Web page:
Friday, October 9, 2015

Guest Post: 25 years ago the Australian government promised deep emissions cuts, and yet here we still are

A powerful articulation of how both major Australian political parties have failed us on climate action over the last 25 years by Marc Hudson. Also relevant is Joan Staples 2009 article Our lost history of climate change.

25 years ago the Australian government promised deep emissions cuts, and yet here we still are

Marc Hudson, University of Manchester

A divided government firmly on the back foot ahead of a major climate conference, its green credentials shaky, and riven with bubbling tensions between those who want serious climate action and those resistant to it. Sound familiar? But the government I’m describing is not today’s version, but Bob Hawke’s federal government way back in October 1990.

October 11, 2015, marks a quarter-century to the day since the then environment minister, Ros Kelly, brought a proposed carbon emissions target to cabinet. At the time, Jon Bon Jovi was number one in Australia with “Blaze of Glory”, and some of the lyrics are apposite:

You ask about my conscience; And I offer you my soul; You ask if I’ll grow to be a wise man; Well I ask if I’ll grow old.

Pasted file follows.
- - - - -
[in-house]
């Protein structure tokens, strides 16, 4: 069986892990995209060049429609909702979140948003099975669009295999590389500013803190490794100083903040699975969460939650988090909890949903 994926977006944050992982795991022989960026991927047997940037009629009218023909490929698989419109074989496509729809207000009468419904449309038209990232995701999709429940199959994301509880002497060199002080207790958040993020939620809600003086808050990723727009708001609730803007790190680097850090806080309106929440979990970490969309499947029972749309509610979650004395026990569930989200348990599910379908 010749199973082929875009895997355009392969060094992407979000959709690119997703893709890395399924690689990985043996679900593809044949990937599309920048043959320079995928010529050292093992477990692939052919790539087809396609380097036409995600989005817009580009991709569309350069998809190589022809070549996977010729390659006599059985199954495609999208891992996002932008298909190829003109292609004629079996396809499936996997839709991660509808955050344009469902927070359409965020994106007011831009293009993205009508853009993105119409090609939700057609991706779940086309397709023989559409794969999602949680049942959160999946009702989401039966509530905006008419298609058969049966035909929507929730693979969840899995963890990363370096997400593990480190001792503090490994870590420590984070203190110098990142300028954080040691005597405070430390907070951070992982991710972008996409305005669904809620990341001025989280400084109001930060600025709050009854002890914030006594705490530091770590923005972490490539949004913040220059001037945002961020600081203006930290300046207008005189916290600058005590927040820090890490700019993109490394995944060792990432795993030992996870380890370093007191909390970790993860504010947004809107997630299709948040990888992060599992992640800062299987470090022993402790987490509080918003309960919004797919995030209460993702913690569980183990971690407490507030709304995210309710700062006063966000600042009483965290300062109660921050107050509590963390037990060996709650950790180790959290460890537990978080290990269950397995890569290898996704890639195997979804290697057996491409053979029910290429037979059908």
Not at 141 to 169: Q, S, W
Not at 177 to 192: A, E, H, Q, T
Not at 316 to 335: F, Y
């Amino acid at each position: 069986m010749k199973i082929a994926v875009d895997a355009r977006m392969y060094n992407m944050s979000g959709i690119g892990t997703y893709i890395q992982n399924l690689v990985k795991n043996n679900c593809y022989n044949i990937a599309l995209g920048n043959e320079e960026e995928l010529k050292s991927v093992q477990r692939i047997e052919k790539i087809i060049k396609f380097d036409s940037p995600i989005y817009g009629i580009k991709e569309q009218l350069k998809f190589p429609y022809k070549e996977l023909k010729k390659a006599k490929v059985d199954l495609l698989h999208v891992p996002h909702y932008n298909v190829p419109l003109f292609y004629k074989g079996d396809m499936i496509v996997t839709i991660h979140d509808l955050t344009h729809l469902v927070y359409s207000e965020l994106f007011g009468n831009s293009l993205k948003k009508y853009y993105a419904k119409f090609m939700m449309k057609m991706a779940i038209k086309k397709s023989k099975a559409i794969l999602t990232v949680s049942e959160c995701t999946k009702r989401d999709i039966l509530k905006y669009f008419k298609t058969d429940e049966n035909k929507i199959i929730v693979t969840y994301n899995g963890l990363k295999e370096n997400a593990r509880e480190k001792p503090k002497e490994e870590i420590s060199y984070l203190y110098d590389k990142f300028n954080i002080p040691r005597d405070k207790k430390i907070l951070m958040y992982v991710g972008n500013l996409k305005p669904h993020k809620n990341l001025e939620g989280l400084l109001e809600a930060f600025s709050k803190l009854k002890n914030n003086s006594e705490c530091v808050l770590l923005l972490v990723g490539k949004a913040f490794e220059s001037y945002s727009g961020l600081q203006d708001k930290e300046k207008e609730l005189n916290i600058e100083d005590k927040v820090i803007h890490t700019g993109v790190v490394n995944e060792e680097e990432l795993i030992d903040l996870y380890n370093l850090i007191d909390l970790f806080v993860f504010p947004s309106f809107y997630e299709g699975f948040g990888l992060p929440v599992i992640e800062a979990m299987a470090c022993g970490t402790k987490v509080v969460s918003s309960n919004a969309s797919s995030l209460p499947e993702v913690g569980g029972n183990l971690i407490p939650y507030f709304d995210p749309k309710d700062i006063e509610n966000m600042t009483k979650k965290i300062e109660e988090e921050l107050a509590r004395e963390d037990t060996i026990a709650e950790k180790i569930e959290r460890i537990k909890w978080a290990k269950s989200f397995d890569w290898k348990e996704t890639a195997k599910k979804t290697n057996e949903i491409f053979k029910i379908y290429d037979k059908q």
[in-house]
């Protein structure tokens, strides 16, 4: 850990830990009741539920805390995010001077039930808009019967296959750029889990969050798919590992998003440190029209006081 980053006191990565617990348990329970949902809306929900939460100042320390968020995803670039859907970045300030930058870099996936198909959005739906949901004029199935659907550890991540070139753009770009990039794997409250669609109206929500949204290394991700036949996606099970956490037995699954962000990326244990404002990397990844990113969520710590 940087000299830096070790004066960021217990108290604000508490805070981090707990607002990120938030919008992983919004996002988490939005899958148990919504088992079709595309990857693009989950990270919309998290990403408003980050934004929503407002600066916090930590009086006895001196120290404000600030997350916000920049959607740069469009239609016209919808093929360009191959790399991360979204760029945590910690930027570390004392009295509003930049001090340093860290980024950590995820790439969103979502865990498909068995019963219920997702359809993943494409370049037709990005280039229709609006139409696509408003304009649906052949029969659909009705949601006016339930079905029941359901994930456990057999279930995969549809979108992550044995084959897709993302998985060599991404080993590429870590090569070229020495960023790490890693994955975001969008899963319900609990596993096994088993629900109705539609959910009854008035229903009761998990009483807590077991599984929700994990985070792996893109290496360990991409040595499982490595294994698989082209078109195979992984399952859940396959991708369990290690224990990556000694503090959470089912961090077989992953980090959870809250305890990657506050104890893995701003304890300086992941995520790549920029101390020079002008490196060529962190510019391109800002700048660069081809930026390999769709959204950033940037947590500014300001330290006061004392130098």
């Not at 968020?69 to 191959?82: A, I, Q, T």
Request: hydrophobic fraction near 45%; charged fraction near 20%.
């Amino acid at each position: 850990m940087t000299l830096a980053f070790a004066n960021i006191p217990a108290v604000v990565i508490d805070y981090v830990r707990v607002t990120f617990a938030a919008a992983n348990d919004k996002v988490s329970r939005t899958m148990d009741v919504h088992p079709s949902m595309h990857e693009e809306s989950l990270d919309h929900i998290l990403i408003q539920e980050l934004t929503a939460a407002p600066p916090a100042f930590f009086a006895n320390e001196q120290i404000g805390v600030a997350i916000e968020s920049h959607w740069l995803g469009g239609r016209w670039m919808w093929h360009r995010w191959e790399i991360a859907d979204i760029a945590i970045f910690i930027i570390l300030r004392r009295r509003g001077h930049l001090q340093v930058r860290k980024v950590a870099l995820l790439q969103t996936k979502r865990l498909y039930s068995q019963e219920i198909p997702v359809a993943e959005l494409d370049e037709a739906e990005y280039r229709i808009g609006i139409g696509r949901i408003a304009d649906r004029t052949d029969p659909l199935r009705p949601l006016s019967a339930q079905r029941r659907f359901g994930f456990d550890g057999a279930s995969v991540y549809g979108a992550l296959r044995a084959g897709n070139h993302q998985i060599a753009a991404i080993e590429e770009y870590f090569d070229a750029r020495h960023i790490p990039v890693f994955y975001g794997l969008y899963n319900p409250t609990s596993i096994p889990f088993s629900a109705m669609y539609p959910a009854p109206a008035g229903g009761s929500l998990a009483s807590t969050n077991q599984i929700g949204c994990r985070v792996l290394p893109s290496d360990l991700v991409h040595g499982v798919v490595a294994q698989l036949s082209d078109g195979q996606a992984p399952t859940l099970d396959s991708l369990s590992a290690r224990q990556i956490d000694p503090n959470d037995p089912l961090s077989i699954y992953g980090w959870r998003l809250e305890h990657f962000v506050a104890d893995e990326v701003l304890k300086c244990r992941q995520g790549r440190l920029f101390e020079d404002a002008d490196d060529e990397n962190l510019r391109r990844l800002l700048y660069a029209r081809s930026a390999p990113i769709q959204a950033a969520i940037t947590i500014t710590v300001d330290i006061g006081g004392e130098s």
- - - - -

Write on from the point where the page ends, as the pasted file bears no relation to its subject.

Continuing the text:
Thursday, October 8, 2015

Storify: Australia setting new early Spring heat and bushfire records

The early spring heatwave has brought a taste of summer extreme heat and bushfires across the continent setting new early season temperature records with temperatures anomolies of 12 degrees C and more over much of southern Australia, particularly Victoria.

This comes as a powerful El Nino is taking place in the Pacific which acts to boost temperatures and drought conditions in Australia. And all this takes place in a hotter environment with Australia having warmed by 0.9 degrees from 1910.

In September the Climate Council warned that Australia faces increased bushfire risk, with bushfire seasons extending for longer due to the impact of climate change.